Flash-forward 15 years later, you'll find that Karianna still loves animals and still throws herself passionately into whatever she does. And at Oregon State, she’s done a lot.
In pursuing her dream to be a veterinarian, Karianna has job-shadowed throughout her four years at OSU in the Small and Large Animal Teaching Hospital. She has observed many procedures, CAT scans, and multiple surgeries—including a C-section on a sow and a biopsy on a mini greyhound. She even watched an animal flat-line and be resuscitated by CPR.
Karianna has also done a lot of animal-related volunteering. She spent many weekends donating her time to Chintimini Wildlife Center, cleaning and feeding injured wild animals, and also at OSU’s Sheep Center, where she mastered the art of “lambing,” i.e. pulling a lamb out of a pregnant ewe, and practicing the classic “snip and dip” procedure with the newborn’s umbilical cord.
For the last several years, Karianna spent her summers working as a veterinary technician at Grove Veterinary Clinic in Newport, OR, the first paid job where, “for the first time, I am excited to go to work every day.” As a vet tech, Karianna received training in animal blood-drawing, giving injections and, ah, expressing anal glands. She has learned to recognize “whale eyes” (when a dog won’t look at you directly and shows the whites of their eyes, a sign of fear and possibly aggression) and has become a confident handler of just about any pet.
In her junior year, Karianna took full advantage of her study abroad opportunity and traveled to Thailand for three months to work in a primate sanctuary. Her experiences there provided her with a new worldview and became the inspiration for her undergraduate thesis.
“When I first landed in Singapore, the city was covered in thick smog from the burning of nearby rainforests,” she said. “People were getting sick and wearing masks. It made environmental disaster very real for me. There is still a lot of work to be done.”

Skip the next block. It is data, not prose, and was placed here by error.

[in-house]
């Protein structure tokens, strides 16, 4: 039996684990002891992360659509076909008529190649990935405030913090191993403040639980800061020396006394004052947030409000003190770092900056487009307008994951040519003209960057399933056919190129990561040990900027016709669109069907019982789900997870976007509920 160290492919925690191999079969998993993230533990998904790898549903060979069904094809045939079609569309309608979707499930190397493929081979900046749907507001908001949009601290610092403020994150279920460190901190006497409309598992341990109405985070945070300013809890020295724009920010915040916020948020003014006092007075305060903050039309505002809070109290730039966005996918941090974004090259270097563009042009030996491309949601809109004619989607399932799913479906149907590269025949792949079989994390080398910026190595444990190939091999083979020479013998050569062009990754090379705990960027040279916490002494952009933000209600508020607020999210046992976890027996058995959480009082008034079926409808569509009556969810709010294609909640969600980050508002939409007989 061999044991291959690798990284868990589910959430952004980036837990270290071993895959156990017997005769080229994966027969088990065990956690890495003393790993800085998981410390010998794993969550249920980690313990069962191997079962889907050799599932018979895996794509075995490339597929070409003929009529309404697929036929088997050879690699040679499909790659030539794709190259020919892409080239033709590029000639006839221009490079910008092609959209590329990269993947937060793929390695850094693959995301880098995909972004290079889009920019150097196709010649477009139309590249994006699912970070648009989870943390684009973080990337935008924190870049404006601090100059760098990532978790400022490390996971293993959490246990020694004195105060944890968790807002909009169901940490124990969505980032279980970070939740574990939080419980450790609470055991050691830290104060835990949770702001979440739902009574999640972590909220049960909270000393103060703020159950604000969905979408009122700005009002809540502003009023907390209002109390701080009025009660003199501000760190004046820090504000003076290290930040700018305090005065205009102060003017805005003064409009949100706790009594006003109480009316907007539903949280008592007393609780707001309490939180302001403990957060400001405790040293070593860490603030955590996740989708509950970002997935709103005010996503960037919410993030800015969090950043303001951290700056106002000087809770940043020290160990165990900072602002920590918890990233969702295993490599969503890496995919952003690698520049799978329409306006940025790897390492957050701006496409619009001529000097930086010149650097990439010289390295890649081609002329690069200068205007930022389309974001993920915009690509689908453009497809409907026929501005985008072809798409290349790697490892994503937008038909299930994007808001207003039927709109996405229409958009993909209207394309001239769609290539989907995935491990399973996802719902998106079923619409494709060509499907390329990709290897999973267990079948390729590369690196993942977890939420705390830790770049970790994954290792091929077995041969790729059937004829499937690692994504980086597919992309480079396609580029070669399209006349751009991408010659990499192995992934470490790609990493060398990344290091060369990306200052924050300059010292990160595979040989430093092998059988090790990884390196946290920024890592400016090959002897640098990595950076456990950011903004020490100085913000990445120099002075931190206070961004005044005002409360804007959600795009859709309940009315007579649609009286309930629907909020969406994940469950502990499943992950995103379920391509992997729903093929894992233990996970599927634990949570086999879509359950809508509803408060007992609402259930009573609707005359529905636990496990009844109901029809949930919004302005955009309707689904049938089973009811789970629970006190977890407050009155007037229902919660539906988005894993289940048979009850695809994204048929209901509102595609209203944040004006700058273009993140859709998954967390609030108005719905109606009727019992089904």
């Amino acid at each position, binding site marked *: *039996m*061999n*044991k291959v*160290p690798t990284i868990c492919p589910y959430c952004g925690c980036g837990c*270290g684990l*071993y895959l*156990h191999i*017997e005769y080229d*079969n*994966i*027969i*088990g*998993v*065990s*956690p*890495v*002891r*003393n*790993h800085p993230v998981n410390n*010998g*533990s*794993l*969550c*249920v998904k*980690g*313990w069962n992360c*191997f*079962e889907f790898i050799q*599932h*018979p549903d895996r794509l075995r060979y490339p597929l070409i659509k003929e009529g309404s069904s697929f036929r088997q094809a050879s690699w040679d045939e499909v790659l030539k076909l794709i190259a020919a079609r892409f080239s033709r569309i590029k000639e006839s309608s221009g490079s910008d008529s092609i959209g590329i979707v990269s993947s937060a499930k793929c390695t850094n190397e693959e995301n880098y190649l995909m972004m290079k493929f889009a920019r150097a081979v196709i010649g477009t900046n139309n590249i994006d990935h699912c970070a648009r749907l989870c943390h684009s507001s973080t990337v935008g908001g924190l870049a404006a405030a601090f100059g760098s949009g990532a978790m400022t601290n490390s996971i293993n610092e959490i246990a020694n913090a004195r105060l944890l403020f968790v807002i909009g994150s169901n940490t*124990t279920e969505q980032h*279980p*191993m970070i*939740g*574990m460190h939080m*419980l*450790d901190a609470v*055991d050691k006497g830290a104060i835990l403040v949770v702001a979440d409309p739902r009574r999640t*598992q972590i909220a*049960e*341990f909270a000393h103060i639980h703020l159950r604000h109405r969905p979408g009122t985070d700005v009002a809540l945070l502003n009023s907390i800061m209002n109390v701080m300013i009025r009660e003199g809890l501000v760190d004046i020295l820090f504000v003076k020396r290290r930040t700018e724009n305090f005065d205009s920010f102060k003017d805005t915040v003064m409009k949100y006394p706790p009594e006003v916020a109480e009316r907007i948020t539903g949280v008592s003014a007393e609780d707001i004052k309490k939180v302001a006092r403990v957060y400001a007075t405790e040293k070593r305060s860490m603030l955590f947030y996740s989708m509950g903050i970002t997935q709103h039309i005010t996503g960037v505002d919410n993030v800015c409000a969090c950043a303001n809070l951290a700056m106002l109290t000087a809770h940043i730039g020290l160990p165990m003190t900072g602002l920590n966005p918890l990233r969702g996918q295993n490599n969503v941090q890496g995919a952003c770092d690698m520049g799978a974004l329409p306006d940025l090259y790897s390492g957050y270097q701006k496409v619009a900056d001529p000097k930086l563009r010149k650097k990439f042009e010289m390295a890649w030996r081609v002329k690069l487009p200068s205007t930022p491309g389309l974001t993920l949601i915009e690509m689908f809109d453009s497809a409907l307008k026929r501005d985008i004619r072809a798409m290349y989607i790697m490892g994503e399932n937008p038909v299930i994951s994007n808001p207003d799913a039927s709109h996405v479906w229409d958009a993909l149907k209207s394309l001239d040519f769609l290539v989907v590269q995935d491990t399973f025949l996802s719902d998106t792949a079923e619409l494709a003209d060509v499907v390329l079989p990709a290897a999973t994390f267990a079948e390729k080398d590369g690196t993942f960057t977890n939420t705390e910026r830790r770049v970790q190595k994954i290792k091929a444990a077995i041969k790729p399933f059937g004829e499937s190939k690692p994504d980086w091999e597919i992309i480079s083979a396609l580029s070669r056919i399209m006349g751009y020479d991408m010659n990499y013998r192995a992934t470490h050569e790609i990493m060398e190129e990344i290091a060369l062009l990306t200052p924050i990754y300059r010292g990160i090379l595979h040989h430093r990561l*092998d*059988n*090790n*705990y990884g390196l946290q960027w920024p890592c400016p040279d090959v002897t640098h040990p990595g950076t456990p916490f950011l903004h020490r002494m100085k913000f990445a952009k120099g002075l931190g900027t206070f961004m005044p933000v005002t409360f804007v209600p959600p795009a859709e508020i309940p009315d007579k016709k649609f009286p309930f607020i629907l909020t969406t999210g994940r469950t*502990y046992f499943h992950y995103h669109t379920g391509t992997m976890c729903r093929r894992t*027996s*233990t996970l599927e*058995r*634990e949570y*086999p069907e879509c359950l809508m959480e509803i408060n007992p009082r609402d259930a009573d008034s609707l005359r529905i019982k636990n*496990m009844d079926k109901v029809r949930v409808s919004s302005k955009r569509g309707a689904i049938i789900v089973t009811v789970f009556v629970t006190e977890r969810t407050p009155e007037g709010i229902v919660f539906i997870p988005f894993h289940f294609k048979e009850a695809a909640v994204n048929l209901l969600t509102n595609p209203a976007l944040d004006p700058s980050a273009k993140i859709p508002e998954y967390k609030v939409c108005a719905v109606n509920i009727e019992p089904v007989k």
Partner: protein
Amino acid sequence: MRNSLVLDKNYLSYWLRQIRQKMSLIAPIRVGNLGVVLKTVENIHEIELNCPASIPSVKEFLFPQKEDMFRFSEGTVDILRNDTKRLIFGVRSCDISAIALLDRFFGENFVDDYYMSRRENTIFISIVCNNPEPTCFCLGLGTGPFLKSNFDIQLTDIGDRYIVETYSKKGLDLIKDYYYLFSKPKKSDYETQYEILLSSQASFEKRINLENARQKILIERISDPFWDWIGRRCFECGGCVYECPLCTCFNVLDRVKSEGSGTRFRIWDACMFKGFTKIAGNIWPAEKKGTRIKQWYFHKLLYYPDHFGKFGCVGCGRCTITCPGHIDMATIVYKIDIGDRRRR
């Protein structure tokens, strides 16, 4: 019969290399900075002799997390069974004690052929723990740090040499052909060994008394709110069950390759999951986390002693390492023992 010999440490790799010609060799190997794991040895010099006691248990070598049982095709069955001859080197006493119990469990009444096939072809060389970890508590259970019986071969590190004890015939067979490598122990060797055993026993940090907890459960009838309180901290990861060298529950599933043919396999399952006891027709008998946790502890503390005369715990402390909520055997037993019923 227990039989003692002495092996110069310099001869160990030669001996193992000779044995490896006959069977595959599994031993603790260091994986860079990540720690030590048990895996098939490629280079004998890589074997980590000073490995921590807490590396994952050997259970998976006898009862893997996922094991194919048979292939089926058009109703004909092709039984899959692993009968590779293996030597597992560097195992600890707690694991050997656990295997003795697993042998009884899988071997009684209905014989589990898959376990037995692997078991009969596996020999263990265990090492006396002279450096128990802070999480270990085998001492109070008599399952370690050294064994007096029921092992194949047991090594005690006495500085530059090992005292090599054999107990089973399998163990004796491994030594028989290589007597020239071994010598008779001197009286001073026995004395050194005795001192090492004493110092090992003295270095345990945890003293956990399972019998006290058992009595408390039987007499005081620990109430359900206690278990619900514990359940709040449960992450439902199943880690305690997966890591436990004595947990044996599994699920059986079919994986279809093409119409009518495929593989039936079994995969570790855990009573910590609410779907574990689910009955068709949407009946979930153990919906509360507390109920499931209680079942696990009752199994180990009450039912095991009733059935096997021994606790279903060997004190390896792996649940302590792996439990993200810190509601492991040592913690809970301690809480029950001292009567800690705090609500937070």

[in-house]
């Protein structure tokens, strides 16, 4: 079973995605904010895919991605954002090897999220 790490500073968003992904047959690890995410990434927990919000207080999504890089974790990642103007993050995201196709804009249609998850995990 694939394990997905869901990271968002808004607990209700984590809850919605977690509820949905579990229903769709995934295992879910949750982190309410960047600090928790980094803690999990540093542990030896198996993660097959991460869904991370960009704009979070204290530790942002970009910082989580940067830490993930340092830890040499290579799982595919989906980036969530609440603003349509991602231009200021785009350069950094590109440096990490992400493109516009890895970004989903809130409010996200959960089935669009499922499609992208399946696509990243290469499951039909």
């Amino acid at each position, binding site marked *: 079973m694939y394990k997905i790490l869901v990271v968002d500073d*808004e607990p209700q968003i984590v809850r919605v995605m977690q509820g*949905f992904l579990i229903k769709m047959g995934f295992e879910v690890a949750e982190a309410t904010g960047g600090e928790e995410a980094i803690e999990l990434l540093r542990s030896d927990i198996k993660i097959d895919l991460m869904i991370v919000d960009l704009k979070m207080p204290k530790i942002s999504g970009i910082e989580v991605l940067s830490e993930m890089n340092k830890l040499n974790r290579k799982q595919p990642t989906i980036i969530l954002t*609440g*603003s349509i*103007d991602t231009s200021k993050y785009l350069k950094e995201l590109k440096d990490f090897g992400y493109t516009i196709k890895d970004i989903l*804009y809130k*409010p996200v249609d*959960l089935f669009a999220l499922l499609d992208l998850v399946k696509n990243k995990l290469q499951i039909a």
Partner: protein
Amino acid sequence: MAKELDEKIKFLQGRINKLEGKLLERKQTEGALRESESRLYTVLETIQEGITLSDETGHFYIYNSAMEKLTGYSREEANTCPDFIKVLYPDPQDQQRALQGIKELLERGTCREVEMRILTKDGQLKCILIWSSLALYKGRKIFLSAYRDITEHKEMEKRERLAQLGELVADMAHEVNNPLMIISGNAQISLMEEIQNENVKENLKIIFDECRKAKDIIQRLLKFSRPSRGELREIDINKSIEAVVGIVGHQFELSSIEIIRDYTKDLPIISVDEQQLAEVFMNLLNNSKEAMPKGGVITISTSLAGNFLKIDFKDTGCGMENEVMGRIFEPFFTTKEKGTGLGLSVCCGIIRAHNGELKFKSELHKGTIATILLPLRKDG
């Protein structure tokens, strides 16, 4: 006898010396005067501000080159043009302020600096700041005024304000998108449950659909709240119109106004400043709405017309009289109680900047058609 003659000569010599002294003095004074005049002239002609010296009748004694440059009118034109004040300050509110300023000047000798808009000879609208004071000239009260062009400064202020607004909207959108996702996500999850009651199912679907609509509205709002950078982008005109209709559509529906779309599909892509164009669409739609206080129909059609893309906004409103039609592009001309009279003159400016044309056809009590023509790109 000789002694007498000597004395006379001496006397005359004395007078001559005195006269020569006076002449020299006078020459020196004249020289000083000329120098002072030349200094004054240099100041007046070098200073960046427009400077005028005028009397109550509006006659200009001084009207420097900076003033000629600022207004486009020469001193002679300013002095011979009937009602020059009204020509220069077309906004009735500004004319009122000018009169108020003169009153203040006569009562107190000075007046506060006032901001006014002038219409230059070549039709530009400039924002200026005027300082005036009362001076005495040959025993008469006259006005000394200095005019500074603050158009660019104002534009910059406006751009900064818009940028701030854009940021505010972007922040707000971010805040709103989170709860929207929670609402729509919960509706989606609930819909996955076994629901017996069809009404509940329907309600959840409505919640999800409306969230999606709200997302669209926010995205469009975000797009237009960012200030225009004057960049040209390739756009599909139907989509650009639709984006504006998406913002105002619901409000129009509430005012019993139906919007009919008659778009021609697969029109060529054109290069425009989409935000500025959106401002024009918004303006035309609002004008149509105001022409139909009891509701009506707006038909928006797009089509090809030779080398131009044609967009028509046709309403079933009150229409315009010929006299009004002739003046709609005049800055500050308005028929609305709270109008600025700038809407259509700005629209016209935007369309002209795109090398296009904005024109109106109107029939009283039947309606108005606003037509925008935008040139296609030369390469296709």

At the sanctuary, Karianna found many displaced primates, macaques and gibbons, who had lost their native habitat due to human-caused rainforest destruction. Her work centered on the nine white-cheeked gibbons at the sanctuary and involved studying and videotaping the gibbons’ social gestures, collecting data which forms the basis of her honors thesis. She was delighted by how “human” the primates were and formed relationships with them that reminded her “of those I’ve had with kids I’ve babysat.”
While in Thailand, Karianna also noticed multitudes of stray dogs and cats on the streets, animals who usually had hard, short life spans due to hunger, injury, disease and lack of birth control. Partly because she wanted to help street animals like these, once Karianna was back on campus, she persistently petitioned OSU’s College of Veterinary Medicine to let her come along on its annual trip to Nicaragua, where veterinary students run a free pet clinic for a week. Thanks to her hands-on experiences as a volunteer at OSU’s animal hospitals and clinics and her summer job as a vet tech, Karianna was the first undergraduate student to be allowed to come along.
“It was a fantastic experience,” she said. “In six days, we treated 767 dogs, cats, pigs, cattle, and horses. I was given the freedom to do the physical exams myself, listening to heart and lung sounds and palpating lymph nodes. I successfully took a fine needle aspirate of an abnormal mass on a dog and diagnosed a mast cell tumor with the help of a veterinarian. I then followed the dog to surgery, placed his catheter, medicated, intubated, and monitored him throughout the mass removal surgery. I even got to perform an equine dental, grinding down the horse’s teeth with a power float [a power drill affixed with a dental tool].”
Karianna glows when she reflects back on her four years at Oregon State.
“I grew up in Santa Cruz, California, where the weather is basically the same all year round. But in Corvallis—there are seasons! They are so beautiful. I never grew tired of watching the seasons change.”
Karianna chose OSU because she liked the idea of being part of a smaller community, the Honors College, within the context of a large university. She was also drawn to the "unbeatable" research opportunities offered to undergraduates. Even so, she was still surprised at how easy it was to get involved at Oregon State. “At such a big university, I wasn’t sure I’d be more than just another face on campus. But here I’ve gotten involved in so much, including leadership roles. Professors know my name!”